VACCHIANO: Academy Awards politics are overanalyzed to fault
Opinions Column: Tory Time
Last Sunday’s Academy Awards ceremony was full of political moments — whether it was when Lin-Manuel Miranda wore a ribbon for the American Civil Liberties Union (ACLU), or when Emma Stone wore a pin for Planned Parenthood, or when the winner of the Best Foreign Language Film skipped the ceremony to make a statement against President Donald J. Trump’s travel ban, viewers at home were reminded again of Hollywood’s politics. But the most unexpected, and unplanned, political moment was when Warren Beatty and Faye Dunaway accidentally announced the musical "La La Land" as the Best Picture winner, when it was actually "Moonlight," a drama about a black man struggling with his sexuality. On a night that was supposed to belong to "La La Land," a movie that had tied with "All About Eve" and "Titanic" for the most nominations in Oscars history and was predicted to win Best Picture, "Moonlight" took its rightful prize after a few minutes of chaos and confusion.
Announcing the wrong winner for Best Picture was an unprecedented mistake, but one that made some people relieved. Progressives have been arguing for more minority representation in the Oscars categories — and even though their standards seemed impossible to achieve (since each category for an individual award only has five slots and sometimes the five most qualified for the award are not demographically diverse) — this year their standards were very near met. Two black winners and two white winners were chosen for the Best Acting categories and all four acting categories had diverse nominees. More significantly, the juxtaposition between a high-grossing Old Hollywood-like musical losing to a movie about a gay black man growing up in Miami was too good to be true for some, but for others, it was not good enough.
The cast of "Moonlight" was in a state of disbelief after winning Best Picture and gave an enthusiastic thanks to the Academy. But when the cast of "La La Land" was mature and very willing to give back their trophies, race theorists still found fault in their actions. On Wednesday, Buzzfeed published a dreadful article called "How The Oscar Flub Demonstrates The Limits of Black Graciousness,” in which "Moonlight" Director Barry Jenkins was scrutinized for being “too gracious” to the cast of "La La Land" under the logic that being gracious for the award and his colleagues’ understanding is a testament to how black people are oppressed in society, as if this is a significant form of oppression. The article says, “Graciousness is appreciated … but it was not necessary. That the incredible win for 'Moonlight' — a film about black gay love, black masculinity, blackness in microcosm and writ large, co-written and directed by a black man — will forever be linked to 'La La Land' and misplaced graciousness is a damn shame,” although anyone who knows anything about the Oscars realizes that this statement is nonsense. None of the gratefulness was excessive — winning Best Picture is literally the highest honor that a filmmaker could hope for. And the fact that "Moonlight" was a $1.5 million film made by a rather unknown director makes it that much more special. It has nothing to do with black people needing to make themselves gracious towards white people. It is right to commend the cast of "La La Land" for giving up their trophies without issue, as it was an embarrassing moment for them, but "Moonlight" is still being celebrated. Also, one could even say that the blunder in announcing Best Picture gave more attention to "Moonlight," as not many had originally seen it during its limited release. Despite the political significance that modern leftists have placed on who wins Academy Awards, it’s easy for most people to forget which movies won Best Picture, so being connected to such a bizarre moment like the mistake on Sunday will probably make "Moonlight" more recognizable in the long term without detracting from its social commentary.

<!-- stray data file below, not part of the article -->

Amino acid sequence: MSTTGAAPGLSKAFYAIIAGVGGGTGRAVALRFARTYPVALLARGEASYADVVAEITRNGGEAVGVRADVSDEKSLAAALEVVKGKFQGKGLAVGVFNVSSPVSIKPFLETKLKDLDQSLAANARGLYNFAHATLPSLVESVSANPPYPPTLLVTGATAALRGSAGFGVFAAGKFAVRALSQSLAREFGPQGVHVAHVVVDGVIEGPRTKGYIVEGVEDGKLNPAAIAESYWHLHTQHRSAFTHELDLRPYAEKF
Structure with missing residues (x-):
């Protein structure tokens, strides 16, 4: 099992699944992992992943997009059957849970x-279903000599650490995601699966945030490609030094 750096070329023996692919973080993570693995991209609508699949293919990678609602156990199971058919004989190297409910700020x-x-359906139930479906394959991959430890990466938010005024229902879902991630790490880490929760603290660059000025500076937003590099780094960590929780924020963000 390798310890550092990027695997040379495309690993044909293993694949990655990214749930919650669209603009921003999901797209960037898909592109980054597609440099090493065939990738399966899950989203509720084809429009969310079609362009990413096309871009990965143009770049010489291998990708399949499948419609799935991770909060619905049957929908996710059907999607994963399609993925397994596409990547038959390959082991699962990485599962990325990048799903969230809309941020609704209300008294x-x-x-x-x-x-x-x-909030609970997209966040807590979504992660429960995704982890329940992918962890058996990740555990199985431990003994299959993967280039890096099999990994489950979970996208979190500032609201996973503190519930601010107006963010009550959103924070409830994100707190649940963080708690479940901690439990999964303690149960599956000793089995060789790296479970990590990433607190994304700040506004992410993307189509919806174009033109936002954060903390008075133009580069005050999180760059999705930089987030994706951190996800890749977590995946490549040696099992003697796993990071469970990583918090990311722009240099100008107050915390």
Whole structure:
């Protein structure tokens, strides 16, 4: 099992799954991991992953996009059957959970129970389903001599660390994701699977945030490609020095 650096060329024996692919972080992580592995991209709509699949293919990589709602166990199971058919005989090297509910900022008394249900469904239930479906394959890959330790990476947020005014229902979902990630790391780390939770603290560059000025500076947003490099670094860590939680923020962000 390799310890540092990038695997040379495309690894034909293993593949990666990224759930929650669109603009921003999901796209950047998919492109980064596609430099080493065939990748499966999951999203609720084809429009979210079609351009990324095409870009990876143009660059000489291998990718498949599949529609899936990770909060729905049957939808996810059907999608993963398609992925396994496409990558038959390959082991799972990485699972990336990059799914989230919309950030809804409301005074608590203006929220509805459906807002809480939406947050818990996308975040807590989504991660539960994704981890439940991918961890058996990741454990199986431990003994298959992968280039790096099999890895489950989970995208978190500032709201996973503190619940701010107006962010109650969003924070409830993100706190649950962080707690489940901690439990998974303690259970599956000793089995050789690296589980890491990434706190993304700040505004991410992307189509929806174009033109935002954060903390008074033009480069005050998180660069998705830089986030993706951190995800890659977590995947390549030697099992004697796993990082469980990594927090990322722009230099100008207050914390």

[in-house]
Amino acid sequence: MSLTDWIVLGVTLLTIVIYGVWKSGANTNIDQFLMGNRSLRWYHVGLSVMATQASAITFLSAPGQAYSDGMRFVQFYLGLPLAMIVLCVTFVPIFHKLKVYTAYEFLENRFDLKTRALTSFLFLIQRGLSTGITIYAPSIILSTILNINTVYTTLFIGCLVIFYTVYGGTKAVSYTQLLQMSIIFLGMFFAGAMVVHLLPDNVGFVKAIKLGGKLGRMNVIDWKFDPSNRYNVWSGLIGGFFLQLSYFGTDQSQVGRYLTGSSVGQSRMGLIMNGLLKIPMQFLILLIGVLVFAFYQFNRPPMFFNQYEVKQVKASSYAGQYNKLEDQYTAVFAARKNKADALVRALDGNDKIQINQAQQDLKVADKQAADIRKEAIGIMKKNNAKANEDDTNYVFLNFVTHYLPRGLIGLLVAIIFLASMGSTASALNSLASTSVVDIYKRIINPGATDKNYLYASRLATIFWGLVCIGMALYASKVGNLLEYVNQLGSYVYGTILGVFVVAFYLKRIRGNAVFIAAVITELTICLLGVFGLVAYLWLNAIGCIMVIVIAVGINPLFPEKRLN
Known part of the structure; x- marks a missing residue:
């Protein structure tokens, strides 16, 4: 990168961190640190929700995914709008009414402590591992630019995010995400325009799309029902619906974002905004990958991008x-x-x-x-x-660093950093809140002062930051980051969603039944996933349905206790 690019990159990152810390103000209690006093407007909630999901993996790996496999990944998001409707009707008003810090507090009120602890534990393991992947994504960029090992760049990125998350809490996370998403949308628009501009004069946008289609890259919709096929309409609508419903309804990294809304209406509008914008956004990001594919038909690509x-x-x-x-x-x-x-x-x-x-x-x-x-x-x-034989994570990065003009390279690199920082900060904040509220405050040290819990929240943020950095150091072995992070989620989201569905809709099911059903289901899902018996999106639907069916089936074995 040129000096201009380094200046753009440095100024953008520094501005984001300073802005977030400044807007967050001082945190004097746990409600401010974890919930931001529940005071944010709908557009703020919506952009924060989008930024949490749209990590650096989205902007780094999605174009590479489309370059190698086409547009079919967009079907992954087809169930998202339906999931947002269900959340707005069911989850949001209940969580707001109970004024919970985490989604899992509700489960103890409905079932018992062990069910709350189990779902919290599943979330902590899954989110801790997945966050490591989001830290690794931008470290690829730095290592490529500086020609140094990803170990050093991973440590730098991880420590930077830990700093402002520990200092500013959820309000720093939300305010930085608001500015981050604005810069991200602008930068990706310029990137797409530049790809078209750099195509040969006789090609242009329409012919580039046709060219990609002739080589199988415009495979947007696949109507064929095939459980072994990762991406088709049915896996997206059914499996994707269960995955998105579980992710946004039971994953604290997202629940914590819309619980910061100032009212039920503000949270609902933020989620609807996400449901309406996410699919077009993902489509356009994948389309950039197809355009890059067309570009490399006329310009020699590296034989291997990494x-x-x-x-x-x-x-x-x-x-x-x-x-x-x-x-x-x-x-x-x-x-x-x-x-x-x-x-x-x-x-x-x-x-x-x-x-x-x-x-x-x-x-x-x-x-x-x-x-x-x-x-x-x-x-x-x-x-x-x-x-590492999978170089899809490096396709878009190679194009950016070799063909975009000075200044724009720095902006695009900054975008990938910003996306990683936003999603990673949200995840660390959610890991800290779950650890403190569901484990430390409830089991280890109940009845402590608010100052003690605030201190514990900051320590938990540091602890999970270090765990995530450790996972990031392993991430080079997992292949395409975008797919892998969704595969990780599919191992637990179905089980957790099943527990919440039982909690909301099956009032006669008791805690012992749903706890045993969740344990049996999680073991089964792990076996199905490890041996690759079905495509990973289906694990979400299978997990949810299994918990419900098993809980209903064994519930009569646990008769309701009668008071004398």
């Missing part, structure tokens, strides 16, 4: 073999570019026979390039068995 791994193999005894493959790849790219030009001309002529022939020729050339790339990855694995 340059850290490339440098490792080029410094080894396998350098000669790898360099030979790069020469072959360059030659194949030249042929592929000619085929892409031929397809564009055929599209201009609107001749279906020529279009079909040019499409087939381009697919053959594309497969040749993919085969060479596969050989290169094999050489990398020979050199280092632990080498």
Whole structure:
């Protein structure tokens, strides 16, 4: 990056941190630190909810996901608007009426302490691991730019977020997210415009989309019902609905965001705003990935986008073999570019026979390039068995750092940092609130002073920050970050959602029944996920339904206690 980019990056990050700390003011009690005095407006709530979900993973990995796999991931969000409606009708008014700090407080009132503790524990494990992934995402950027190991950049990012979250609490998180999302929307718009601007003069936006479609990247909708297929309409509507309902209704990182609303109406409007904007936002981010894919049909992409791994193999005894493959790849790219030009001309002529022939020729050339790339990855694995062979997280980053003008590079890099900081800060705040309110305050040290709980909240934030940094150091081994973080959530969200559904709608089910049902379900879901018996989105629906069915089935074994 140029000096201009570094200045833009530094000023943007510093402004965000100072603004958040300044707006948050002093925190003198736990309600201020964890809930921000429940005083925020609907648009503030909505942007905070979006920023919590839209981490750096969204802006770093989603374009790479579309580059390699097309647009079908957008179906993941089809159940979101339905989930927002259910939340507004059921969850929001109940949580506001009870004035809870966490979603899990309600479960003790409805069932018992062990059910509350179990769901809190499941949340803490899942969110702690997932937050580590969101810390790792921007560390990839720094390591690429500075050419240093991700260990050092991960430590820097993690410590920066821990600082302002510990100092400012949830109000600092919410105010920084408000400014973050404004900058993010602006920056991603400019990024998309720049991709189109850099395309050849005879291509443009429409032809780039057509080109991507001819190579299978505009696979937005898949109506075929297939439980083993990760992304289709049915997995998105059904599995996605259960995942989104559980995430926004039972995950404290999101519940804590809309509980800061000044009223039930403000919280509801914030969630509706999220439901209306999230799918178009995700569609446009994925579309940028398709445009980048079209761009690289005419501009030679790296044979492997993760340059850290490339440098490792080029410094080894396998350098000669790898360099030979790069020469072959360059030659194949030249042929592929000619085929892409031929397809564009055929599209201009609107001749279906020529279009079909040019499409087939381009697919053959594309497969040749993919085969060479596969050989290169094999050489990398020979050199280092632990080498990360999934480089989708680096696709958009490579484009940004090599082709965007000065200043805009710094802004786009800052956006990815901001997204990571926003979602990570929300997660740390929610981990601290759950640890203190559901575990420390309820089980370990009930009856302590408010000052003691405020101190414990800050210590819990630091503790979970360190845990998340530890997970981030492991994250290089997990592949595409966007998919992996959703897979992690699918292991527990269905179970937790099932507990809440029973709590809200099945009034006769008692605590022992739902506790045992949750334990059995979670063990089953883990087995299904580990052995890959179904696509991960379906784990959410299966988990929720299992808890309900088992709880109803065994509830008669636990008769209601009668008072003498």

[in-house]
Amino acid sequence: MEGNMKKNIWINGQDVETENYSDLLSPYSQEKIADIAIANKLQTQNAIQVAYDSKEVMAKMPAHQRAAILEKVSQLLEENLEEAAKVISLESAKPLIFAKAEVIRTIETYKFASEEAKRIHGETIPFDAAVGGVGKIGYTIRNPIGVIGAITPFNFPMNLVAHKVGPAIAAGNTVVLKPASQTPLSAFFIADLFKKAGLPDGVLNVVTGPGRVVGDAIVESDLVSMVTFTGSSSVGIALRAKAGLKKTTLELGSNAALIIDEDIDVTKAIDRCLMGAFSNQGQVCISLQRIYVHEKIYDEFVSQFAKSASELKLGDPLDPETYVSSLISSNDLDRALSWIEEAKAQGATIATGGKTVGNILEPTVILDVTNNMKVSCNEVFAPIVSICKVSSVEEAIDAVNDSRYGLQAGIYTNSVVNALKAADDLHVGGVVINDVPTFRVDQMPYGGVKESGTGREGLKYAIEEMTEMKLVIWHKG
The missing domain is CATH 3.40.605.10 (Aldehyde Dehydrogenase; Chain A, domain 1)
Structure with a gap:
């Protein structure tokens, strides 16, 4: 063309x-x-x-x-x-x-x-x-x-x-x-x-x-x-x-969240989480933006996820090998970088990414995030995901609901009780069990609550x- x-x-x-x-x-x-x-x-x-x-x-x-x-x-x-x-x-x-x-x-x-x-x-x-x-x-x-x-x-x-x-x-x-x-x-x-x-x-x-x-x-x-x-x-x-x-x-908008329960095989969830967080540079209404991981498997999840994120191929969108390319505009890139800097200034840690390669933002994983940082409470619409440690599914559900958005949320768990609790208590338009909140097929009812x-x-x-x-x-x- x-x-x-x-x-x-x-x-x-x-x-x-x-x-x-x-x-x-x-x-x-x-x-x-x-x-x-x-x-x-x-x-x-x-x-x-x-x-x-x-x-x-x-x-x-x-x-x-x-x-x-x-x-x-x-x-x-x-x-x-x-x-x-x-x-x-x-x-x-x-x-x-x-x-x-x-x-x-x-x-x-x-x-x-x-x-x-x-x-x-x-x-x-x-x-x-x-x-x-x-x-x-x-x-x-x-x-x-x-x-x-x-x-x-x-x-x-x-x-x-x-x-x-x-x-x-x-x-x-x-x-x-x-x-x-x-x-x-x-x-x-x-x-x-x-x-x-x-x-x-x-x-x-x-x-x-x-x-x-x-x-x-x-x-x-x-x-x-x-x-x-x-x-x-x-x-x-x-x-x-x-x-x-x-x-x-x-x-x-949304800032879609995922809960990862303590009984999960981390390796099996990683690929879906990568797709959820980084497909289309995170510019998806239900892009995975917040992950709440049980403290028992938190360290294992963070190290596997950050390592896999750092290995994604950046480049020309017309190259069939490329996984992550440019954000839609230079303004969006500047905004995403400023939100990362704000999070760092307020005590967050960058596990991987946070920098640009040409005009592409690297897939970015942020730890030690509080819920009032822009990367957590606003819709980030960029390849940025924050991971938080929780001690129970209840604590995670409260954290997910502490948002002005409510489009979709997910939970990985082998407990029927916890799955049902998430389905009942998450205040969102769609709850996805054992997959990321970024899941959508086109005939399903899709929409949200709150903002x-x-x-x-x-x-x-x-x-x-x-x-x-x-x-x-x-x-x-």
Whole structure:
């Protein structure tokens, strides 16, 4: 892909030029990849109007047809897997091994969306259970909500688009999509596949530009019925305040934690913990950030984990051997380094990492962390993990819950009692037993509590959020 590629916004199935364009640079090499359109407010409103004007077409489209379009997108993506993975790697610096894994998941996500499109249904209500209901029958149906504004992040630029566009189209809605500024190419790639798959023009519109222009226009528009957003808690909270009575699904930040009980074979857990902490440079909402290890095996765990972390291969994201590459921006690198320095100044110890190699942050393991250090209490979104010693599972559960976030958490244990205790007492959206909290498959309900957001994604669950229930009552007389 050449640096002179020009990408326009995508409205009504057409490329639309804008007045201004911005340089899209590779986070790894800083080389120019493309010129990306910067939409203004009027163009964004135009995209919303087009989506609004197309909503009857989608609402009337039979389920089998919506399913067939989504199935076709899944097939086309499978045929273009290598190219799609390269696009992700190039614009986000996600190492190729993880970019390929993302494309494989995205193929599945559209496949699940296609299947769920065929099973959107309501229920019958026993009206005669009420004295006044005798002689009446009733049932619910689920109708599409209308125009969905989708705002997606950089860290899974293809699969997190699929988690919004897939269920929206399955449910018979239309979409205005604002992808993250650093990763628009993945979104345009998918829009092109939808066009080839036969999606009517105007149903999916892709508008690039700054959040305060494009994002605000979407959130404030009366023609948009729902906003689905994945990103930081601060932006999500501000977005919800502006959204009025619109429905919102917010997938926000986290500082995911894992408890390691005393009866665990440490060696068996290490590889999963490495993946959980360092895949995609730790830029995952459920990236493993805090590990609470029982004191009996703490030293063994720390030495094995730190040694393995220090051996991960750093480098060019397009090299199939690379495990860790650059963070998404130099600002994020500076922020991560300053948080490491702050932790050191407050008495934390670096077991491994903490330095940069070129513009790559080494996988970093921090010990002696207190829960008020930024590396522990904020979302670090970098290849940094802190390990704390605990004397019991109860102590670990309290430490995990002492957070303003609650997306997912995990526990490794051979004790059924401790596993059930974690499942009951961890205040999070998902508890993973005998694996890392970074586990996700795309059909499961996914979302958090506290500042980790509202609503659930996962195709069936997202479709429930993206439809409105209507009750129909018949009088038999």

Is the fact that "La La Land" had the title of Best Picture of 2016 for two full minutes before giving up its award to "Moonlight" going to have severe racial implications for black people? Was the cast of "Moonlight" being racially submissive by expressing their thanks? The answers to these questions are both "no." The critical reaction to the Best Picture misunderstanding exemplifies society’s obsession with race and how race theorists try to pin down oppression to a fault. After last year’s #OscarsSoWhite backlash, one would think that the representation at this year’s ceremony would be celebrated, but it was only subject to more criticism and dangerous rhetoric. Once our society gets past minute details like this, maybe we can fix our real issues.
Andrea Vacchiano is a School of Arts and Sciences sophomore double-majoring in history and political science. Her column, "Tory Time," runs on alternate Fridays.
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